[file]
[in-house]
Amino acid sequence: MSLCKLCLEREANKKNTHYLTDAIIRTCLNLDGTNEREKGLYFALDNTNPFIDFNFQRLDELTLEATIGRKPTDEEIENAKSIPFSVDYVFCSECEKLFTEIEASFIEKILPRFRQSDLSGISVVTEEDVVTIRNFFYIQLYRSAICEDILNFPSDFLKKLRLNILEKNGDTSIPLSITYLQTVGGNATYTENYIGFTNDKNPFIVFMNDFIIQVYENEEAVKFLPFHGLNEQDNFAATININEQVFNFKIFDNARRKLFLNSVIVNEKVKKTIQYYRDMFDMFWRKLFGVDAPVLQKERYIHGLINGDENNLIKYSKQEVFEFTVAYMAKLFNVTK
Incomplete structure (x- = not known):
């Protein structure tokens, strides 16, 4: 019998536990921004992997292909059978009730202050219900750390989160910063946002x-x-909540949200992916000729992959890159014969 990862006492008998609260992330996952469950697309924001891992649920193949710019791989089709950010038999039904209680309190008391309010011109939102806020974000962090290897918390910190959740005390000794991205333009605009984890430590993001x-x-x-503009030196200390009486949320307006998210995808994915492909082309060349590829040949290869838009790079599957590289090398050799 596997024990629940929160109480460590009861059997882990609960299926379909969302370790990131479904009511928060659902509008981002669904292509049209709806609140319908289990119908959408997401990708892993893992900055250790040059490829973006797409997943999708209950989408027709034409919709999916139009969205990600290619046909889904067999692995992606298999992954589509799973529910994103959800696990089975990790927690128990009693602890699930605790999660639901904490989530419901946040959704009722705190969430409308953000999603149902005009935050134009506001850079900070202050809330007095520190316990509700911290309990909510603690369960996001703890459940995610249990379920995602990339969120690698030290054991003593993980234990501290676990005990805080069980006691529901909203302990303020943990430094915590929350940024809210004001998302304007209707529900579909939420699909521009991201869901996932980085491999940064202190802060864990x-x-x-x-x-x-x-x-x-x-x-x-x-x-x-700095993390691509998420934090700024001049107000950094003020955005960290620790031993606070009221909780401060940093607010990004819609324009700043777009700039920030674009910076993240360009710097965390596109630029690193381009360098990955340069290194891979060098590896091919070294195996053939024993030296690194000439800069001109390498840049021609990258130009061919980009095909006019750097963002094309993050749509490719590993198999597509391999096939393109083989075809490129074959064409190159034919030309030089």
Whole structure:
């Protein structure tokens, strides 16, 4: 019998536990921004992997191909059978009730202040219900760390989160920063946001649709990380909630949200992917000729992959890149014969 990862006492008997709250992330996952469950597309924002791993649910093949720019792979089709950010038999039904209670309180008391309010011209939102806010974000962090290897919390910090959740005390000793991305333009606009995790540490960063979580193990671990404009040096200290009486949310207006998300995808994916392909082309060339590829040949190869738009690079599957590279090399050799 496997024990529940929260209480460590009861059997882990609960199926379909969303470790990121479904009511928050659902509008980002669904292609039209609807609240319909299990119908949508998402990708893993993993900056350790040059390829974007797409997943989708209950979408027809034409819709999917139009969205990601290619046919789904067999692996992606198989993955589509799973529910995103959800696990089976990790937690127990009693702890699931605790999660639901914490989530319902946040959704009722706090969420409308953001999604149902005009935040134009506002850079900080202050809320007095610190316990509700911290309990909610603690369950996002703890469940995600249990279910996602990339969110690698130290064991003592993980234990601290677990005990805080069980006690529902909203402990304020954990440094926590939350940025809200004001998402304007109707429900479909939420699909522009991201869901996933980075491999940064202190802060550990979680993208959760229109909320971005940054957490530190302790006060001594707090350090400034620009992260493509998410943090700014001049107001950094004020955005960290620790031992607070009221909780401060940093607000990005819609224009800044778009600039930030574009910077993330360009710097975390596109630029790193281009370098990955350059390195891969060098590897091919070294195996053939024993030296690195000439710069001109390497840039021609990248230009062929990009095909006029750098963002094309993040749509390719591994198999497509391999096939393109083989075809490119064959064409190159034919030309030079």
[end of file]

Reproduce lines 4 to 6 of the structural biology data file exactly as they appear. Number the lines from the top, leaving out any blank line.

């Protein structure tokens, strides 16, 4: 019998536990921004992997292909059978009730202050219900750390989160910063946002x-x-909540949200992916000729992959890159014969 990862006492008998609260992330996952469950697309924001891992649920193949710019791989089709950010038999039904209680309190008391309010011109939102806020974000962090290897918390910190959740005390000794991205333009605009984890430590993001x-x-x-503009030196200390009486949320307006998210995808994915492909082309060349590829040949290869838009790079599957590289090398050799 596997024990629940929160109480460590009861059997882990609960299926379909969302370790990131479904009511928060659902509008981002669904292509049209709806609140319908289990119908959408997401990708892993893992900055250790040059490829973006797409997943999708209950989408027709034409919709999916139009969205990600290619046909889904067999692995992606298999992954589509799973529910994103959800696990089975990790927690128990009693602890699930605790999660639901904490989530419901946040959704009722705190969430409308953000999603149902005009935050134009506001850079900070202050809330007095520190316990509700911290309990909510603690369960996001703890459940995610249990379920995602990339969120690698030290054991003593993980234990501290676990005990805080069980006691529901909203302990303020943990430094915590929350940024809210004001998302304007209707529900579909939420699909521009991201869901996932980085491999940064202190802060864990x-x-x-x-x-x-x-x-x-x-x-x-x-x-x-700095993390691509998420934090700024001049107000950094003020955005960290620790031993606070009221909780401060940093607010990004819609324009700043777009700039920030674009910076993240360009710097965390596109630029690193381009360098990955340069290194891979060098590896091919070294195996053939024993030296690194000439800069001109390498840049021609990258130009061919980009095909006019750097963002094309993050749509490719590993198999597509391999096939393109083989075809490129074959064409190159034919030309030089």
Whole structure:
């Protein structure tokens, strides 16, 4: 019998536990921004992997191909059978009730202040219900760390989160920063946001649709990380909630949200992917000729992959890149014969 990862006492008997709250992330996952469950597309924002791993649910093949720019792979089709950010038999039904209670309180008391309010011209939102806010974000962090290897919390910090959740005390000793991305333009606009995790540490960063979580193990671990404009040096200290009486949310207006998300995808994916392909082309060339590829040949190869738009690079599957590279090399050799 496997024990529940929260209480460590009861059997882990609960199926379909969303470790990121479904009511928050659902509008980002669904292609039209609807609240319909299990119908949508998402990708893993993993900056350790040059390829974007797409997943989708209950979408027809034409819709999917139009969205990601290619046919789904067999692996992606198989993955589509799973529910995103959800696990089976990790937690127990009693702890699931605790999660639901914490989530319902946040959704009722706090969420409308953001999604149902005009935040134009506002850079900080202050809320007095610190316990509700911290309990909610603690369950996002703890469940995600249990279910996602990339969110690698130290064991003592993980234990601290677990005990805080069980006690529902909203402990304020954990440094926590939350940025809200004001998402304007109707429900479909939420699909522009991201869901996933980075491999940064202190802060550990979680993208959760229109909320971005940054957490530190302790006060001594707090350090400034620009992260493509998410943090700014001049107001950094004020955005960290620790031992607070009221909780401060940093607000990005819609224009800044778009600039930030574009910077993330360009710097975390596109630029790193281009370098990955350059390195891969060098590897091919070294195996053939024993030296690195000439710069001109390497840039021609990248230009062929990009095909006029750098963002094309993040749509390719591994198999497509391999096939393109083989075809490119064959064409190159034919030309030079």